While I have finally come around to accept my daughter’s affinity for American Girl Dolls, suddenly Saige and Marie-Grace have serious competition with Rahel, the Ethiopian doll from the Heart for Heart Girls dolls collection.
I cannot say enough wonderful things about Heart for Heart Girls, which are each based on 10 real ten-year-old girls from Afghanistan, Belarus, Laos, India, Ethiopia, and beyond. I really like that each one one gives your child a chance to learn more about her story and her area of the world, while a dollar from each purchase is donated to a nonprofit that helps the actual community the girl comes from.
At first glance you realize the terrific quality and attention to detail of the dolls, from the jewelry and authentic clothes (the sandals actually stay on, whoo!) to the friendship bracelet your own child will put on immediately. Checking out Ethiopian doll Rahel in person, I was taken with her gorgeous hair and authentic clothes. And I have to say it’s so nice to see an African doll that actually looks African, and not like a dark-skinned Caucasian. More so, I love that she is country-specific, as the African continent is diverse, and an Ethiopian doll is a lot different than a Kenyan or a Ugandan doll might be.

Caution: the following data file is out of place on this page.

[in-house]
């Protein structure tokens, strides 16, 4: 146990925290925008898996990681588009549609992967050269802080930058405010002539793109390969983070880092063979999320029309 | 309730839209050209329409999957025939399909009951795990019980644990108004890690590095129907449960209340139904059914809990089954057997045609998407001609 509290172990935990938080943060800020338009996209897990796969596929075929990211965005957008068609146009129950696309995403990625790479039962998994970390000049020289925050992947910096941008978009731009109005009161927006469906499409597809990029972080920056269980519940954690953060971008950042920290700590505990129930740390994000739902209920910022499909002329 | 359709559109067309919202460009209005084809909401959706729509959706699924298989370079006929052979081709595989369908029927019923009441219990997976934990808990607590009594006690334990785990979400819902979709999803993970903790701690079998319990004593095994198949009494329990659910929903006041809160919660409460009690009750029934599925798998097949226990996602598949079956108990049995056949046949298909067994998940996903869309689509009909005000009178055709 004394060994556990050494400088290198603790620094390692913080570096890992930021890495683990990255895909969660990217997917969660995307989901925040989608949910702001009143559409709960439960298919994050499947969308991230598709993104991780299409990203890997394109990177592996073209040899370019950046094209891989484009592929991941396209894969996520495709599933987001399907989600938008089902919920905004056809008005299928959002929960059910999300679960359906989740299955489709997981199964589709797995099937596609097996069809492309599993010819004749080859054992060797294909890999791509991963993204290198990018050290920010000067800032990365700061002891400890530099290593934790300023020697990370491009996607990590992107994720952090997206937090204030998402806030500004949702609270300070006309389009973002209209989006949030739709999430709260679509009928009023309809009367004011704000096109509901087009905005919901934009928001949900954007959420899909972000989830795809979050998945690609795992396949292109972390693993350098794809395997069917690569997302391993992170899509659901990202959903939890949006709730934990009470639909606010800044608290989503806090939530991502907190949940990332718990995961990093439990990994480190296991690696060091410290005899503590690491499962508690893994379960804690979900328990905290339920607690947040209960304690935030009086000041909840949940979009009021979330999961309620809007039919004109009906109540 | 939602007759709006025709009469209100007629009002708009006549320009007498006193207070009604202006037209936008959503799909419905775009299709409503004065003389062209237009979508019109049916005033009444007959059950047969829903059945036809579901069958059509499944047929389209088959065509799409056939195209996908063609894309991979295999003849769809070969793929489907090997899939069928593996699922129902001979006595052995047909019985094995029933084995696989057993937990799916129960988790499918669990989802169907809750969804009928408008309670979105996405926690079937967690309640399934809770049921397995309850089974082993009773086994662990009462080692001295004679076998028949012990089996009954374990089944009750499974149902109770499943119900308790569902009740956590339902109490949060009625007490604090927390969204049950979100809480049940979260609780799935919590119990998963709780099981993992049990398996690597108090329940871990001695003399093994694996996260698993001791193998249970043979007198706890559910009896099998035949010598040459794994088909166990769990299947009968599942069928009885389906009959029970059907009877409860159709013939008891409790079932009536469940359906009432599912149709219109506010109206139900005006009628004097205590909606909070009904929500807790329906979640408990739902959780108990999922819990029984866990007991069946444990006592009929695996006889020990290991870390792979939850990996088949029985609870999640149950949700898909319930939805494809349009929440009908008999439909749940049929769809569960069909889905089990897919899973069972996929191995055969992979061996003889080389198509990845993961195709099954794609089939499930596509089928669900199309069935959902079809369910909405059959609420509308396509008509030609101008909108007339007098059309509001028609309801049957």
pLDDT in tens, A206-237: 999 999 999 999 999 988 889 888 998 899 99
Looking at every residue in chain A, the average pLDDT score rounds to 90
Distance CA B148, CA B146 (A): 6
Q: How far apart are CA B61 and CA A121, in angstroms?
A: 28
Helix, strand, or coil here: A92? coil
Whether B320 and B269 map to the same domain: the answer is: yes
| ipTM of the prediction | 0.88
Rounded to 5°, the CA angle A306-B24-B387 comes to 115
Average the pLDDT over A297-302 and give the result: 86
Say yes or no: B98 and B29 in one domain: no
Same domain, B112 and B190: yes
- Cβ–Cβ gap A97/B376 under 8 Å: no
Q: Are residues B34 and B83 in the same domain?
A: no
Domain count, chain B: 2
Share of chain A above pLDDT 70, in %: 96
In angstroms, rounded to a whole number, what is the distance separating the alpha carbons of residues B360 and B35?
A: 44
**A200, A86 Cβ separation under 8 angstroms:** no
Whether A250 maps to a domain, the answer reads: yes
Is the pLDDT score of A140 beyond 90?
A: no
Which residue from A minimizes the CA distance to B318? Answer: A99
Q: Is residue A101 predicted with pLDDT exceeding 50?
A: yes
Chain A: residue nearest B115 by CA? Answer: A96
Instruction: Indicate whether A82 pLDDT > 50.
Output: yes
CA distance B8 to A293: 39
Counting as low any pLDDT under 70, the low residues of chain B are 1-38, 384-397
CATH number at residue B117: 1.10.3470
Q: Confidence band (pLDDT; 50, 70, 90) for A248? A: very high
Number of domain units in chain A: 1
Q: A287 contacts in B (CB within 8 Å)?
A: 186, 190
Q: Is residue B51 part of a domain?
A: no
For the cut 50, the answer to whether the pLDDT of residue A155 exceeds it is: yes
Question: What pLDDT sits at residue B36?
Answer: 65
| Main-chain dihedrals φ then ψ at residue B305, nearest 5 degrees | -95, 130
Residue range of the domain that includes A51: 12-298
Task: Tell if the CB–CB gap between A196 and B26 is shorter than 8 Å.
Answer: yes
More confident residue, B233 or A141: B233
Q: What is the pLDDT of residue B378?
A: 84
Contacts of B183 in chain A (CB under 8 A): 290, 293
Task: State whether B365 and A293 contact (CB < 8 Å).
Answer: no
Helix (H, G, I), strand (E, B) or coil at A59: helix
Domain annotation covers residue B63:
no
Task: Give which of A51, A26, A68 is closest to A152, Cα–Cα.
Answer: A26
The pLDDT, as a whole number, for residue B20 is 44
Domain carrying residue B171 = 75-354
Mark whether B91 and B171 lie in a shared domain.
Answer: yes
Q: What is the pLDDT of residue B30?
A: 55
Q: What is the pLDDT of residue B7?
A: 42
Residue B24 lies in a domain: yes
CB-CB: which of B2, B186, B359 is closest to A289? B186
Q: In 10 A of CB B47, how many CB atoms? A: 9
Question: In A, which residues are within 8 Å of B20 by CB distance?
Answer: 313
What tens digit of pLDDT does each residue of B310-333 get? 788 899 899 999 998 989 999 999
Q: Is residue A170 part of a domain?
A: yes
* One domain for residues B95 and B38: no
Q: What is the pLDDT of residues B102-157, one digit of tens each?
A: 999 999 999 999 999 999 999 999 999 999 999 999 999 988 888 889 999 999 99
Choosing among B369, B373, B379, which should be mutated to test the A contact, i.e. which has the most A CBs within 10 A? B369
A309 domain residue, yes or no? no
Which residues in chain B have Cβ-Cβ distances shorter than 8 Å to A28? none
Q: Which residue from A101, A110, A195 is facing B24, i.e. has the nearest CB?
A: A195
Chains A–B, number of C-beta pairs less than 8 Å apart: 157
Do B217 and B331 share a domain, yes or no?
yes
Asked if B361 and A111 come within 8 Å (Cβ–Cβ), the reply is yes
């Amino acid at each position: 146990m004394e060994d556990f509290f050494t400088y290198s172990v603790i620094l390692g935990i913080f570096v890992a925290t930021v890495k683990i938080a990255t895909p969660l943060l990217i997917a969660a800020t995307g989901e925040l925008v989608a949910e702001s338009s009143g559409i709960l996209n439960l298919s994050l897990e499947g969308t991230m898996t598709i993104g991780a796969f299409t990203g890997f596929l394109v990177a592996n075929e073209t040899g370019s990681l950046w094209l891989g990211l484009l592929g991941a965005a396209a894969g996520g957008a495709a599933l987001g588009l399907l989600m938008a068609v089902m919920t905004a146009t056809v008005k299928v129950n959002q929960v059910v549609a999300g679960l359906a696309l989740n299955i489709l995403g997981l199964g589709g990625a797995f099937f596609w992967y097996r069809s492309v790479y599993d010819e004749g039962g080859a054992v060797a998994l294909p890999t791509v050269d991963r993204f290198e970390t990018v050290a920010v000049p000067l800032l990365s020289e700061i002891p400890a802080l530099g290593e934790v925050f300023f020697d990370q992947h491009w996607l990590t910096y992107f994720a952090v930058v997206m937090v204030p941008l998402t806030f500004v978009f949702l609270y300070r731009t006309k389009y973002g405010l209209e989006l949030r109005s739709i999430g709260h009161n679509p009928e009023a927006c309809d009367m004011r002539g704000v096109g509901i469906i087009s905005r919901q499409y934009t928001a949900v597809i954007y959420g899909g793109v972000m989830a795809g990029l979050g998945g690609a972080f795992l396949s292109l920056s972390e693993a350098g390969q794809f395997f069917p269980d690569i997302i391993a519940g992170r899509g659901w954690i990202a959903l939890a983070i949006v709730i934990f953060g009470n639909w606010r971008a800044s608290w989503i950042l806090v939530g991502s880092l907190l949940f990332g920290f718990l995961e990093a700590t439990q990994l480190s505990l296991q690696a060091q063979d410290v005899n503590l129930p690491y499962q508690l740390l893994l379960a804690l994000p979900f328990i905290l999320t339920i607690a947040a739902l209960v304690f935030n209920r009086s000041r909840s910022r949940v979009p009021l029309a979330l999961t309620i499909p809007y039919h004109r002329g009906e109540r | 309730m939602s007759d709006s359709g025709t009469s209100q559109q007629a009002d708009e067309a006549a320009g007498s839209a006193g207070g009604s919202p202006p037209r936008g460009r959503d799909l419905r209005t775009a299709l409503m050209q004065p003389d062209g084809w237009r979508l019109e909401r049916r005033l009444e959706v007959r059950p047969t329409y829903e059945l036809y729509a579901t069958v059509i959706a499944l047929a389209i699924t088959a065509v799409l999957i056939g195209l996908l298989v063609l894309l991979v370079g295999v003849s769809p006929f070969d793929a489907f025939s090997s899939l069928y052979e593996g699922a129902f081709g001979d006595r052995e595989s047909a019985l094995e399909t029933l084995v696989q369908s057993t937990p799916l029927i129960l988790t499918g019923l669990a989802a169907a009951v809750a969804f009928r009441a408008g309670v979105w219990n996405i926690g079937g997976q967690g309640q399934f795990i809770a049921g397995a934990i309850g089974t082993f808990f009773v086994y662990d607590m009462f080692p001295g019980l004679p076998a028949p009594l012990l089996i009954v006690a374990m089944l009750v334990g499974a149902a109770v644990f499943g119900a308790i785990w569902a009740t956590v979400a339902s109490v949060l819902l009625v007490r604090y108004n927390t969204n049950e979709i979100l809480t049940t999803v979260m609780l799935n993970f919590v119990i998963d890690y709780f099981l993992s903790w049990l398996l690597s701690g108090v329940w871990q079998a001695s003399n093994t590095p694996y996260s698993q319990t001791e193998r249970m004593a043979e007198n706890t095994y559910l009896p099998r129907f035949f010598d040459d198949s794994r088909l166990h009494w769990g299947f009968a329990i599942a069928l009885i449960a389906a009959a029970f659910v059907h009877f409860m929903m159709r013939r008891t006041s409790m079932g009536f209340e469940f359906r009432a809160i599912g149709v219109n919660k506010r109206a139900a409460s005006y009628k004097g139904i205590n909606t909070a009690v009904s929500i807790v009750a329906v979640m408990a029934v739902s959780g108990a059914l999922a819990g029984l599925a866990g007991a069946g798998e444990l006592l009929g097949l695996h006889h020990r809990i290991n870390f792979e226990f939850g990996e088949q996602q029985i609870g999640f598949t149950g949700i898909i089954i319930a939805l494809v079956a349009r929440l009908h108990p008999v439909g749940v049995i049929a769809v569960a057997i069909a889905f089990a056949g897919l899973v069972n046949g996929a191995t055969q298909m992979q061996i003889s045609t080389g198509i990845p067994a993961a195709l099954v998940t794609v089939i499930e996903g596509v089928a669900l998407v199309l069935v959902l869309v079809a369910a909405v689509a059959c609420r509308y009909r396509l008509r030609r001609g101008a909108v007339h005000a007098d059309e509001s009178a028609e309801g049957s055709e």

Also, the $24-28 price tag is a refreshing change from others that might be on your kid’s wish list. I’d even pay more, considering I don’t have to brush their hair six times a day to keep it from turning into dreads.
While the dolls look beautiful, know that their backstories in the accompanying storybook don’t pull a lot of punches. Each of the girls faces tougher and more realistic situations than the stories described in the AG empire (especially because they’re all current, ongoing issue you can read about in the news); but of course the girls always demonstrate the fortitude and courage to work through them and persevere.
Kids will learn that Zelia lives on a coffee farm in Sao Paolo. Dell is from Appalachia but had to move after her father’s coal mine closed. Nassam hails from Assam, India where lots of girls her age pick tea for low wages, clean homes and marry very young. Lilan is being raised by her grandmother in Belarus since her parents had to leave her to find work. And Shola lost her whole family in the war in Kabul, and is often hungry and afraid until she discovers a circus willing to train her to entertain other children in her situation around the country.
Not that these stories are a bad thing. My six-year-old and I ended up having a great conversation about malaria in Ethiopia, why it’s so important for us to support vaccination programs that save children’s lives, and how something as simple as mosquito nets can literally change whole communities.
All because she has a new 14″ best friend who now sits at the dinner table with us every night.
Please note: The dolls’ charity partner is the Evangelical Christian organization WorldVision.